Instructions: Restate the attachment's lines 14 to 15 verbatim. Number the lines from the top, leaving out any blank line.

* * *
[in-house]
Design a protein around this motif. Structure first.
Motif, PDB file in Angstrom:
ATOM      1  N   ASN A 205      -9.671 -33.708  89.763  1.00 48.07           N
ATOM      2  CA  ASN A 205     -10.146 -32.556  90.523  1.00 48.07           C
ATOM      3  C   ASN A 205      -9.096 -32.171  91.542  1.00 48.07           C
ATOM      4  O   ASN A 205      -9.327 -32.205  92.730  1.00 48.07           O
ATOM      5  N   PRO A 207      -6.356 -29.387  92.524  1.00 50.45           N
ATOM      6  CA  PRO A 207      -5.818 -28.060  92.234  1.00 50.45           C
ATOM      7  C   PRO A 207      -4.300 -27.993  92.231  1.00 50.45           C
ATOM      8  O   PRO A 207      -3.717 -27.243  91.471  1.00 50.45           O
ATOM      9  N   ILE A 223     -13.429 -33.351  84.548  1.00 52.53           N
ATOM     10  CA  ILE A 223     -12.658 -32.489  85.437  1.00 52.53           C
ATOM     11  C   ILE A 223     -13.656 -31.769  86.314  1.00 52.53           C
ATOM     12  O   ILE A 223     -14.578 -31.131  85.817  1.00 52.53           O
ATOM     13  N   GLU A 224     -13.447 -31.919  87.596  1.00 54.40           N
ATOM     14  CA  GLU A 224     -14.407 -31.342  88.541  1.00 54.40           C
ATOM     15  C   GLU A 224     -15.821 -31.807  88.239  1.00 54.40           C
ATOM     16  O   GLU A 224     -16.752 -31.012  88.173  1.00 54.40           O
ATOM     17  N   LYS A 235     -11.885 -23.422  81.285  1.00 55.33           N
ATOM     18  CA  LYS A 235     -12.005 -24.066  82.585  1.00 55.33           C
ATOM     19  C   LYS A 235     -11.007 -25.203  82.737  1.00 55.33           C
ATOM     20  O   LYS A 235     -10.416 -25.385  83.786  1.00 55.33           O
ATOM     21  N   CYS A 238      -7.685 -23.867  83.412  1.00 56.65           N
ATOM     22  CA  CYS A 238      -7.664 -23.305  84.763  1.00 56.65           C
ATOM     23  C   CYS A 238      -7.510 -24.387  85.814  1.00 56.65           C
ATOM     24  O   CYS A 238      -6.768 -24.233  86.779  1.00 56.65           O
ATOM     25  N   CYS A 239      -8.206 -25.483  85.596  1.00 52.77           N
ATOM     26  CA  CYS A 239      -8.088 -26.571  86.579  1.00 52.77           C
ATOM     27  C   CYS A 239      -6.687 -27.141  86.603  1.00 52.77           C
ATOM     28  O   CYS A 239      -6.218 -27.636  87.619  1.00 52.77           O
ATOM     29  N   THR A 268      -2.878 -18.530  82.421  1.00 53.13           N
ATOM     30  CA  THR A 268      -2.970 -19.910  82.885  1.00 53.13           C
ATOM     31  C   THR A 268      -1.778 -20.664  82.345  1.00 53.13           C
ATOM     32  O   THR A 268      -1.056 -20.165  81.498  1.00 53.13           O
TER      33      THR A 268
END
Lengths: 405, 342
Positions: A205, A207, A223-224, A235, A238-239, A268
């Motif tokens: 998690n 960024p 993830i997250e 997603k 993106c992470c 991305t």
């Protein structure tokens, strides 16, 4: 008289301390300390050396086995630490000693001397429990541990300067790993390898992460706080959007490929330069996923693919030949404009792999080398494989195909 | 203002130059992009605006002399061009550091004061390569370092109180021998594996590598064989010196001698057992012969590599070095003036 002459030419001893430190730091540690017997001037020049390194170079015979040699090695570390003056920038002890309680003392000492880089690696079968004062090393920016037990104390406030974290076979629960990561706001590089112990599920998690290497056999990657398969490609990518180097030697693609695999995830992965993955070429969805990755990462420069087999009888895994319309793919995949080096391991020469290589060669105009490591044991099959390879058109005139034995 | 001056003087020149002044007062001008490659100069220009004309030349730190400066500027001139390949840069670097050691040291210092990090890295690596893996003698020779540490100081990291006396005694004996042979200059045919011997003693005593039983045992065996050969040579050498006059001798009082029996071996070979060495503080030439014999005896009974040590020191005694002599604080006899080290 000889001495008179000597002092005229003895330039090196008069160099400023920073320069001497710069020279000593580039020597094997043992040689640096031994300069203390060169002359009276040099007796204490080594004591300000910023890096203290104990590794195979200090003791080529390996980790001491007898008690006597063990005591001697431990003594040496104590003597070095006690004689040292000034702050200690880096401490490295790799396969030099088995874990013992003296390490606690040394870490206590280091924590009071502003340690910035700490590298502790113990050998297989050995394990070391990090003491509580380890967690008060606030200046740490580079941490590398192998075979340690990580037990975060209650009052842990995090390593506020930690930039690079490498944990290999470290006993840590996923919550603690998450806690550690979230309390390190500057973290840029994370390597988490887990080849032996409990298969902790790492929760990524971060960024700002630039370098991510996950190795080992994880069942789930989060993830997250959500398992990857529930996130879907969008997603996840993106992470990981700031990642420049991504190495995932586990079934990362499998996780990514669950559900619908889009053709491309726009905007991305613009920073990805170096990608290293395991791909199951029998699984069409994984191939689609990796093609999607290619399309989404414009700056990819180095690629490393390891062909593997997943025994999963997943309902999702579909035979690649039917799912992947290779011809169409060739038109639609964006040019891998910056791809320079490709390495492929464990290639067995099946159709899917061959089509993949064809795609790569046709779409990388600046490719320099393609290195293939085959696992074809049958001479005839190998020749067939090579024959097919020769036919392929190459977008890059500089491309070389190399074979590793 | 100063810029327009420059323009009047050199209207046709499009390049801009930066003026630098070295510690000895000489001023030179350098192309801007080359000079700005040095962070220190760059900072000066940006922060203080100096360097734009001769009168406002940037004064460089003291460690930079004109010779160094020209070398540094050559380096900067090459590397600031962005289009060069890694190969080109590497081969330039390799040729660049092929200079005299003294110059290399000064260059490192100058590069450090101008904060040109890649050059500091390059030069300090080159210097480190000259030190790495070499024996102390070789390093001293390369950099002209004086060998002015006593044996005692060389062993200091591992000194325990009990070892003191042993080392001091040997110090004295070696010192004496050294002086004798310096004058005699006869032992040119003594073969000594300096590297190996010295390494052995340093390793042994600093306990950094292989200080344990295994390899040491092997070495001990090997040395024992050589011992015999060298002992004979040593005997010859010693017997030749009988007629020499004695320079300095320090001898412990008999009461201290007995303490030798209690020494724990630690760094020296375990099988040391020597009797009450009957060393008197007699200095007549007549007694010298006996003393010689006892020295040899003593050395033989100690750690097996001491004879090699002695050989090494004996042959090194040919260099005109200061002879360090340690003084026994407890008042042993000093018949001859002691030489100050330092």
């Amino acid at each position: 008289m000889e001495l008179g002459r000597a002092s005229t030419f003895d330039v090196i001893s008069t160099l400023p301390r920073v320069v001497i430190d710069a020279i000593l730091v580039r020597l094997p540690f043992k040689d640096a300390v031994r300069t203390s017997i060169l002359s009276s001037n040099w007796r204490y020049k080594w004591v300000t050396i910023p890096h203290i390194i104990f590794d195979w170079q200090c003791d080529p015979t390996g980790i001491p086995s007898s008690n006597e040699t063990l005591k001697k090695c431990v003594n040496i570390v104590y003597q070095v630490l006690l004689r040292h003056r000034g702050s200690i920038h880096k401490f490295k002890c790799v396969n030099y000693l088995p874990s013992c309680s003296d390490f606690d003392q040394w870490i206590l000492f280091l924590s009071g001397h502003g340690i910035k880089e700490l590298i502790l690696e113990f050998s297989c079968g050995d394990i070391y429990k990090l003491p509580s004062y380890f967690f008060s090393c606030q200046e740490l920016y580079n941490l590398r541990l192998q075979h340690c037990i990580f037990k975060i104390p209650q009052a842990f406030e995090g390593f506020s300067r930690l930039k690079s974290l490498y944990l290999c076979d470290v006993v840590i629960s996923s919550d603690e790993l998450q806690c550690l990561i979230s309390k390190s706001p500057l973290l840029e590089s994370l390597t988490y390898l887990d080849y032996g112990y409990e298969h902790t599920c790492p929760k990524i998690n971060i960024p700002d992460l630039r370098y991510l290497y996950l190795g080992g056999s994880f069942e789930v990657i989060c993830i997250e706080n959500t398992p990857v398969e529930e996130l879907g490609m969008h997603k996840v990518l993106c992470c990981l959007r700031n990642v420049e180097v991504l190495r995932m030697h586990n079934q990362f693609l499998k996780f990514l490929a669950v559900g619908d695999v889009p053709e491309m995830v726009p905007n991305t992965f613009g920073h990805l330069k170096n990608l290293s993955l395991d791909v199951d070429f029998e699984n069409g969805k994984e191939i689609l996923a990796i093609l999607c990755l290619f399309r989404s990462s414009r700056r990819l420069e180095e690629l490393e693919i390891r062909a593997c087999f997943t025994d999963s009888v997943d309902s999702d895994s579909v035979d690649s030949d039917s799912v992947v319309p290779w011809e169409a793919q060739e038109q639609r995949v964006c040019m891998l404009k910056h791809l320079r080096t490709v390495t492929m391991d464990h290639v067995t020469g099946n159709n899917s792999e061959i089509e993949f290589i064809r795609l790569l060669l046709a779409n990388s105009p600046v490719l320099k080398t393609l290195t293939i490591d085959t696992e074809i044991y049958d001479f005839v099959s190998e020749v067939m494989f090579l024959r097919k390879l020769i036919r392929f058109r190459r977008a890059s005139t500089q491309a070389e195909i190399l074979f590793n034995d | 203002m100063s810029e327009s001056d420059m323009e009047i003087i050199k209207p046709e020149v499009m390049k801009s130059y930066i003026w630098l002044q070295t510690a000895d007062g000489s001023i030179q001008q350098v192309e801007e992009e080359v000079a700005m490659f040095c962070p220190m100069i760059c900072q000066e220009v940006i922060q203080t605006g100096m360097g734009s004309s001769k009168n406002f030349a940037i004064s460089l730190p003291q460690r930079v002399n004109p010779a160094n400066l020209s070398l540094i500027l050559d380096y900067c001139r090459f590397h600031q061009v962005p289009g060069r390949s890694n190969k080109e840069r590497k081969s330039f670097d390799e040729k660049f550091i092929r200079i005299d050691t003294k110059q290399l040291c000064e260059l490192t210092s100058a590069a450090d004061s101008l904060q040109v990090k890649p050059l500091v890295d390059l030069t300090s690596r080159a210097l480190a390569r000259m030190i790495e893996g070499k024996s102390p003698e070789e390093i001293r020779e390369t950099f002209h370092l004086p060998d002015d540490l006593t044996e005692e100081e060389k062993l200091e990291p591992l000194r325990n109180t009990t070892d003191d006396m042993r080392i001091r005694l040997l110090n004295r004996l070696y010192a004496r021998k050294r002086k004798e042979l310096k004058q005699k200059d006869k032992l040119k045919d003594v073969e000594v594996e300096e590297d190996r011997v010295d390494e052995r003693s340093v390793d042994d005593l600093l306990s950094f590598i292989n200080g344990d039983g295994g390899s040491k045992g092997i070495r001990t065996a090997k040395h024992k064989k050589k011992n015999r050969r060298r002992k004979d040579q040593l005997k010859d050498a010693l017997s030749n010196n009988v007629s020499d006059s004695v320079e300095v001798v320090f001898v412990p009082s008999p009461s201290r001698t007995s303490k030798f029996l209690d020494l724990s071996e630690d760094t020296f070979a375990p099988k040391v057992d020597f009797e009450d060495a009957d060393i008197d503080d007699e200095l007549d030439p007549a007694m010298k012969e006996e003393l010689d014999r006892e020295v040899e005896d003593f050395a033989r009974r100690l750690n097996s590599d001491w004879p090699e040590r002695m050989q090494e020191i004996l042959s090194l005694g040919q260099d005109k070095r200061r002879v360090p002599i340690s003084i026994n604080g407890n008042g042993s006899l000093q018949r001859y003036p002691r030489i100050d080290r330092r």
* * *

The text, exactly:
ATOM     11  C   ILE A 223     -13.656 -31.769  86.314  1.00 52.53           C
ATOM     12  O   ILE A 223     -14.578 -31.131  85.817  1.00 52.53           O